The Wall Street Journal reports in “Five Reasons Why You are Poor” that, according to the Federal Reserve, household net worth rose to $80.6 trillion in the fourth quarter of 2013, up from $70.83 trillion for the same period in 2013–an increase of nearly $10 trillion over the last four quarters–thanks to rising values of homes and U.S. stocks.
Maybe so, but those numbers don’t make sense to me.
There are about 120 million households in the US. If their total net worth is $80 trillion, their average net worth is about $670,000. I don’t know how the Federal Reserve computes average household net worth, but I don’t know very many people whose average household net worth is anywhere close to $670,000. If America’s average household net worth were really $670,000–and if that wealth were distributed on a bell curve basis–I can’t imagine that we’d have any economic problems at all in this country. There’s something wrong and fundamentally misleading about the $80 trillion number the Fed used to describe American total household net worth. . . .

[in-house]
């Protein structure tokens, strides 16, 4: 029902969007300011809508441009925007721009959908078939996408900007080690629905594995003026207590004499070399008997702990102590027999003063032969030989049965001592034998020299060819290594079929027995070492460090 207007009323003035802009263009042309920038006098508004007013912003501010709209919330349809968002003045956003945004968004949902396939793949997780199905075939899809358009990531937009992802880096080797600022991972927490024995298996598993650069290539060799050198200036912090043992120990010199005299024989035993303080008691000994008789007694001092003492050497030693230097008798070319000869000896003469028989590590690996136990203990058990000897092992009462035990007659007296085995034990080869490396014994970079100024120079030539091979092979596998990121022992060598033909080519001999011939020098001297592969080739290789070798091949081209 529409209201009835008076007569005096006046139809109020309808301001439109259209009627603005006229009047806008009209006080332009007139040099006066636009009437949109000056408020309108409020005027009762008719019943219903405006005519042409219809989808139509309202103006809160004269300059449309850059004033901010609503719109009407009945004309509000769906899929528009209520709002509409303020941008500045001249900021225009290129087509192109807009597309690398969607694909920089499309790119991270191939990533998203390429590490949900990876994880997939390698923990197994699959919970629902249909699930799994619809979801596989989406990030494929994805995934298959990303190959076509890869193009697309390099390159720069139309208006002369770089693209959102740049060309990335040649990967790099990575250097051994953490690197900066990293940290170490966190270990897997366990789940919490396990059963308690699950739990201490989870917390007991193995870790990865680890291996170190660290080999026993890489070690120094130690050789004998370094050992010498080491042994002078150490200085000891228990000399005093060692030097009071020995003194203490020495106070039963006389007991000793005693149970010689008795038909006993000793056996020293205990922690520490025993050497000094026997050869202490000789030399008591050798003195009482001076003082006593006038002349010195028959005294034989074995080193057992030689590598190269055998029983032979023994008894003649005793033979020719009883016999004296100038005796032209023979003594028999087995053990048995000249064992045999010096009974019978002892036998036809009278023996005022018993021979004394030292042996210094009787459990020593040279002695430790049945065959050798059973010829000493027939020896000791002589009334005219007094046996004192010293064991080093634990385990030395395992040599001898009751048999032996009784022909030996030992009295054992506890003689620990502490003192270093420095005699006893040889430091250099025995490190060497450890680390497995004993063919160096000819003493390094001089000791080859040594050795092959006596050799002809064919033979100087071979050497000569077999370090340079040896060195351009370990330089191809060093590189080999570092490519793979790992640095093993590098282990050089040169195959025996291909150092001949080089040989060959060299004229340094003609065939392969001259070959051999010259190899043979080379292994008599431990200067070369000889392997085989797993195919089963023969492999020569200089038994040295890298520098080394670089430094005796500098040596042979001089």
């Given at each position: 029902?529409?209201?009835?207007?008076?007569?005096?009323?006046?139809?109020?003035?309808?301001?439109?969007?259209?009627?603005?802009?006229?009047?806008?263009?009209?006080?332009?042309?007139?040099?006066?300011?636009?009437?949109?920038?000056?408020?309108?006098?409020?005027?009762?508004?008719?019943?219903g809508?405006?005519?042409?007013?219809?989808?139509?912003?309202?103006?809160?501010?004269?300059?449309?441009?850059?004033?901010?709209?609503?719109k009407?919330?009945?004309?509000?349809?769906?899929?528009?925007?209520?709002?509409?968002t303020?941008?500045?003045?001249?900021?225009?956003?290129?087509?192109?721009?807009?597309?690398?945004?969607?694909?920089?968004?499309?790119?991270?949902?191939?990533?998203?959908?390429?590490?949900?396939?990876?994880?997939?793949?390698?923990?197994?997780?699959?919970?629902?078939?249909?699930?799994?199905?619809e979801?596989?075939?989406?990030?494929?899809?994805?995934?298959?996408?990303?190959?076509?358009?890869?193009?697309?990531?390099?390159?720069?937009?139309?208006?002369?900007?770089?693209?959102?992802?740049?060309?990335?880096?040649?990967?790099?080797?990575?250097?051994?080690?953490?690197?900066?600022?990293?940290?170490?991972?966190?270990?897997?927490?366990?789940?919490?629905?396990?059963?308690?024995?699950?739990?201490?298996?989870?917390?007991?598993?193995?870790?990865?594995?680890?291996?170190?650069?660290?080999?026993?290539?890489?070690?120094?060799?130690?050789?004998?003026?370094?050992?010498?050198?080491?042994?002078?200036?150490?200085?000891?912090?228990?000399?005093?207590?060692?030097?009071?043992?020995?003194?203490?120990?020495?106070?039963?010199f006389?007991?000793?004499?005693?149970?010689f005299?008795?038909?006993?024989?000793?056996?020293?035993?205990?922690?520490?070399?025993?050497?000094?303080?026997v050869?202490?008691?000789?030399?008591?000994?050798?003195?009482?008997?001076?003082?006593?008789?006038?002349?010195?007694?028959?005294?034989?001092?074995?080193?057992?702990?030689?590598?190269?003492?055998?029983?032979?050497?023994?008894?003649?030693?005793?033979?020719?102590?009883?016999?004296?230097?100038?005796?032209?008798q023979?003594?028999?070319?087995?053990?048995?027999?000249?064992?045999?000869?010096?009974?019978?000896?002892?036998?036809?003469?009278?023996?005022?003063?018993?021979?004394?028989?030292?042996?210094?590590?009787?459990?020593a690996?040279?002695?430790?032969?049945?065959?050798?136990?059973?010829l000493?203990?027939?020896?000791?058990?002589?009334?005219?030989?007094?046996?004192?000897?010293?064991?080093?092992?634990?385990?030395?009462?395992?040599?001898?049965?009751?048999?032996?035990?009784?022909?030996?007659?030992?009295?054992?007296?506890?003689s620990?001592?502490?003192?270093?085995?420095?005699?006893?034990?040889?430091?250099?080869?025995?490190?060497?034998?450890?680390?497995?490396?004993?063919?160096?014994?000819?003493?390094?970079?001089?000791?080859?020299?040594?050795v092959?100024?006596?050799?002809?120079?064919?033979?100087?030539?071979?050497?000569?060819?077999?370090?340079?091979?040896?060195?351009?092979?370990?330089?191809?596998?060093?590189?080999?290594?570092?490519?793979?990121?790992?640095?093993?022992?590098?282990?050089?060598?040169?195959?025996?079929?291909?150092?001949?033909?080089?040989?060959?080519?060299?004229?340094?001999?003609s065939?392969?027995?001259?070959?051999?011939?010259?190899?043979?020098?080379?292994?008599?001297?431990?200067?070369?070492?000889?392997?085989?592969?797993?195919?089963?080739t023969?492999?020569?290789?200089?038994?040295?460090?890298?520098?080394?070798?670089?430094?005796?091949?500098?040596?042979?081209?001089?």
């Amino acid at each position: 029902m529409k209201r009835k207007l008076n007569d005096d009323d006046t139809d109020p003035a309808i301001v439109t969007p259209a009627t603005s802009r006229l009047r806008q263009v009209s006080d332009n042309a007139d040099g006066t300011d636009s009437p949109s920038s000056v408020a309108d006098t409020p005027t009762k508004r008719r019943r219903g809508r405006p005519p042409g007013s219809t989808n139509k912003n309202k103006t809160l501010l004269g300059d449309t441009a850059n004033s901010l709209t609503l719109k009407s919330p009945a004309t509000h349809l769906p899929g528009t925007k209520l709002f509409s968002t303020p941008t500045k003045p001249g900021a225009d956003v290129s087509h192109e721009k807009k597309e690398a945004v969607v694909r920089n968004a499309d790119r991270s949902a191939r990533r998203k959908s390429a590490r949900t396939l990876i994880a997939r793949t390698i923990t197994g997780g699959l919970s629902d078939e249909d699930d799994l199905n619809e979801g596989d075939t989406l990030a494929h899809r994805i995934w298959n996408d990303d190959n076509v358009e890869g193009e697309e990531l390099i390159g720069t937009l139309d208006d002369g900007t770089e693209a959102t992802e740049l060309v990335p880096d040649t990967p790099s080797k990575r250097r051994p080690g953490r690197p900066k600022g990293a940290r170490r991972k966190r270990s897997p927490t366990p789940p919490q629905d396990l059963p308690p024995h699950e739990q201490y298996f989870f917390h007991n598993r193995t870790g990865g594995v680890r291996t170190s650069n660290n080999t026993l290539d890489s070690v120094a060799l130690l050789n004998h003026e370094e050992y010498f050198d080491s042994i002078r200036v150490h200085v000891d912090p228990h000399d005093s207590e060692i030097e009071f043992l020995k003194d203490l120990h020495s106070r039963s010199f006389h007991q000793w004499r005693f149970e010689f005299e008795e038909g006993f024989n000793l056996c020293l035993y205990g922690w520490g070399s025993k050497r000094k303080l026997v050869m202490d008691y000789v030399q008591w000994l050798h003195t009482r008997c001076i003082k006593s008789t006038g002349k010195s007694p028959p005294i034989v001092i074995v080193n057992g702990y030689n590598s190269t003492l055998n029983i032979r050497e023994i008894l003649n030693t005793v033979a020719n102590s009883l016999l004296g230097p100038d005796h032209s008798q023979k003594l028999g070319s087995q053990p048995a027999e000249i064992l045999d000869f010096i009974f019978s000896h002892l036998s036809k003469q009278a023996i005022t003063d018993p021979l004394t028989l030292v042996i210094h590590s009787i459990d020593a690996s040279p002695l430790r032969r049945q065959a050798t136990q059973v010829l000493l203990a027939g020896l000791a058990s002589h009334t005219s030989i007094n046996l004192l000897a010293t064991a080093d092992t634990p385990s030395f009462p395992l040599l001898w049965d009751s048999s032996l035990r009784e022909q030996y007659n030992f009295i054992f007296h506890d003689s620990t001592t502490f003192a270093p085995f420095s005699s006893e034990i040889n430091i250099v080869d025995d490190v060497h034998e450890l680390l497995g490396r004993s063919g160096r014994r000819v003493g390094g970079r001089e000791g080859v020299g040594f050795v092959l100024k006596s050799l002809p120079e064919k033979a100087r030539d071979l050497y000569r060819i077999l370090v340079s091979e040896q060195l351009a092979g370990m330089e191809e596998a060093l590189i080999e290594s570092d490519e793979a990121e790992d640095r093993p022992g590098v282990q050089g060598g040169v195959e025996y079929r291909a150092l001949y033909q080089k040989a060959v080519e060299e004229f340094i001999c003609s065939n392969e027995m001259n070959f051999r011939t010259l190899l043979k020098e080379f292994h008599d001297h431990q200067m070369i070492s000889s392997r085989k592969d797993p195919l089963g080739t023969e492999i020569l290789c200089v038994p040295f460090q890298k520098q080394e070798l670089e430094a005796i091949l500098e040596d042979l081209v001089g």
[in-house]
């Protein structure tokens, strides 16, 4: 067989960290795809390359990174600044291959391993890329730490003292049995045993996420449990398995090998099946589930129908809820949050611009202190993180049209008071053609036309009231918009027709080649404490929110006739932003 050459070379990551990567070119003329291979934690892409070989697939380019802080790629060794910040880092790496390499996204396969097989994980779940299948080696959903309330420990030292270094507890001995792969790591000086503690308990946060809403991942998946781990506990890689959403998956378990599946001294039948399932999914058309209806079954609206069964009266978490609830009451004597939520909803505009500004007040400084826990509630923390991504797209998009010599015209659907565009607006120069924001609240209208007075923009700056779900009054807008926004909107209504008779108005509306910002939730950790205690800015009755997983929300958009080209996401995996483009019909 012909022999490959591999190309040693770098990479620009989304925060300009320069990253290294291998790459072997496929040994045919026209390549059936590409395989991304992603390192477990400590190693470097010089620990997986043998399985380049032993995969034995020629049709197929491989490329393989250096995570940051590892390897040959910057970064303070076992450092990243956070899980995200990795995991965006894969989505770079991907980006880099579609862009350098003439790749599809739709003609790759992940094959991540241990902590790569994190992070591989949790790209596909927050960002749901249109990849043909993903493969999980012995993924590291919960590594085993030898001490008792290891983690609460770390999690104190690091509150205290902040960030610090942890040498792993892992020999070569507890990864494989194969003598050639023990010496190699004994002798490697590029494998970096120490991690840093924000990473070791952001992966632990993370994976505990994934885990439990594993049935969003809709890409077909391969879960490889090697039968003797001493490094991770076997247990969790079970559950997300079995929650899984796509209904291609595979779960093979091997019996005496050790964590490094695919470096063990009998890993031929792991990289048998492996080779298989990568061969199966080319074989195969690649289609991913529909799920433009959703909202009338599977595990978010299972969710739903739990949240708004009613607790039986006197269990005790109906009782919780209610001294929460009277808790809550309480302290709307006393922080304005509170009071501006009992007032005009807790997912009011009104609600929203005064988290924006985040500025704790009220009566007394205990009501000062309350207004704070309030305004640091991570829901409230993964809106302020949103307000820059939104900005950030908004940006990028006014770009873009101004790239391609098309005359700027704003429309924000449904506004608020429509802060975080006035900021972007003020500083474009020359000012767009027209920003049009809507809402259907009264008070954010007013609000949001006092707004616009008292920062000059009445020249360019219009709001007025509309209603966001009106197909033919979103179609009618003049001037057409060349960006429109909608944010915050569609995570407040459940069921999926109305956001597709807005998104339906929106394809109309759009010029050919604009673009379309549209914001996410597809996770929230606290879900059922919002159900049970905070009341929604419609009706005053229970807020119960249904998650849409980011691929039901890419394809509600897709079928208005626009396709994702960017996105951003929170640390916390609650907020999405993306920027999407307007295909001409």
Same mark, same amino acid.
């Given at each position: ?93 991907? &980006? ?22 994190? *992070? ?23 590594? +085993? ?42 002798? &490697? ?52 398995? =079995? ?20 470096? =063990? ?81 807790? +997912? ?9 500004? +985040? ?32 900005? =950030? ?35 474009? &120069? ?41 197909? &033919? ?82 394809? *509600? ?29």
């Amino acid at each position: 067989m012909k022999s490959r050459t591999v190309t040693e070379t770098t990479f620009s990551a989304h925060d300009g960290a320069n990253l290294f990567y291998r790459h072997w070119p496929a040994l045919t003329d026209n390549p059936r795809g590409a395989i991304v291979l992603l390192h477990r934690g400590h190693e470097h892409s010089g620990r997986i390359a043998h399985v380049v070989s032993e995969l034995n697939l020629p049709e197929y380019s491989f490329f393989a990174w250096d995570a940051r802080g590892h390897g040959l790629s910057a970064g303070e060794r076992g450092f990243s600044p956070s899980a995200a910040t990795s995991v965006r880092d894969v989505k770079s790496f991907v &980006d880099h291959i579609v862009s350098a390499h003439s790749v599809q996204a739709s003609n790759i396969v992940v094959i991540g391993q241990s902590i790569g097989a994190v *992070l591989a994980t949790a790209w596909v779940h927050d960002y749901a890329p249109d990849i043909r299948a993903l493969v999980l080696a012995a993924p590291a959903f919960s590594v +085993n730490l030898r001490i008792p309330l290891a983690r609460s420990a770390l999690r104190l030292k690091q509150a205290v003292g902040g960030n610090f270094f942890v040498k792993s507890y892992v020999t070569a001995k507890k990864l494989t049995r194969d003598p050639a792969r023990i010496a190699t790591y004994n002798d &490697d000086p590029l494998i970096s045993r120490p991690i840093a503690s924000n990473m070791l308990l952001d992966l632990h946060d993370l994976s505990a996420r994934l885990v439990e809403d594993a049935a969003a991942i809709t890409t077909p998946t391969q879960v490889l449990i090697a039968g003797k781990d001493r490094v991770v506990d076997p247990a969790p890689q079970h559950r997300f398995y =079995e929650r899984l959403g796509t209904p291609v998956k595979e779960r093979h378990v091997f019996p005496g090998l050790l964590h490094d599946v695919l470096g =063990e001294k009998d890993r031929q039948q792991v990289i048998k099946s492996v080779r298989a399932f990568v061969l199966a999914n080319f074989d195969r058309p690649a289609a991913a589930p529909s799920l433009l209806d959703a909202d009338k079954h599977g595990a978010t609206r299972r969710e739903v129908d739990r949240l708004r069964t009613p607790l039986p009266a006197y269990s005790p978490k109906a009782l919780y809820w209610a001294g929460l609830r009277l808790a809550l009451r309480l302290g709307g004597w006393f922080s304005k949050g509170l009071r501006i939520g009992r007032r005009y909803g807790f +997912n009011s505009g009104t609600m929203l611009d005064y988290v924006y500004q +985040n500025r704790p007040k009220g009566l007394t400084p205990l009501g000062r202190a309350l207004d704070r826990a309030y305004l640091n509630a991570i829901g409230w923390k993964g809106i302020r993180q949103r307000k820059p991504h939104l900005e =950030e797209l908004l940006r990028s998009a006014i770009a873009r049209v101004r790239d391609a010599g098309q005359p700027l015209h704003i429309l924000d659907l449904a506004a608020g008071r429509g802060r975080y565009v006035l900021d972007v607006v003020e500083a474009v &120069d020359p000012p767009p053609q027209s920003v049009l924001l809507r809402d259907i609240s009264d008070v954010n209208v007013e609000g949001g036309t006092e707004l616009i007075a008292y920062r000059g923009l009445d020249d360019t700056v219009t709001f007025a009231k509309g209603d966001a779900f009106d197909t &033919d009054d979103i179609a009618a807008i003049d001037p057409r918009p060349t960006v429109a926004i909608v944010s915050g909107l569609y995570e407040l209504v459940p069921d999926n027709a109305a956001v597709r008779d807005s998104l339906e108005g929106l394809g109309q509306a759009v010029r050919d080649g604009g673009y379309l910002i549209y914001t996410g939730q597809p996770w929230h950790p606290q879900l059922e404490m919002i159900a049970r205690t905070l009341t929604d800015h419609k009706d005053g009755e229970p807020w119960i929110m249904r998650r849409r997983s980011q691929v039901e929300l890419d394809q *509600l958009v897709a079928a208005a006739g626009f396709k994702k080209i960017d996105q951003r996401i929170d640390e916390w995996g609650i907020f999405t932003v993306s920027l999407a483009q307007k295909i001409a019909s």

The Wall Street Journal continued to report that “But . . . employee pay as a share of national income has fallen to its lowest levels since 1951.
“Here are five reasons Americans still feel poor:”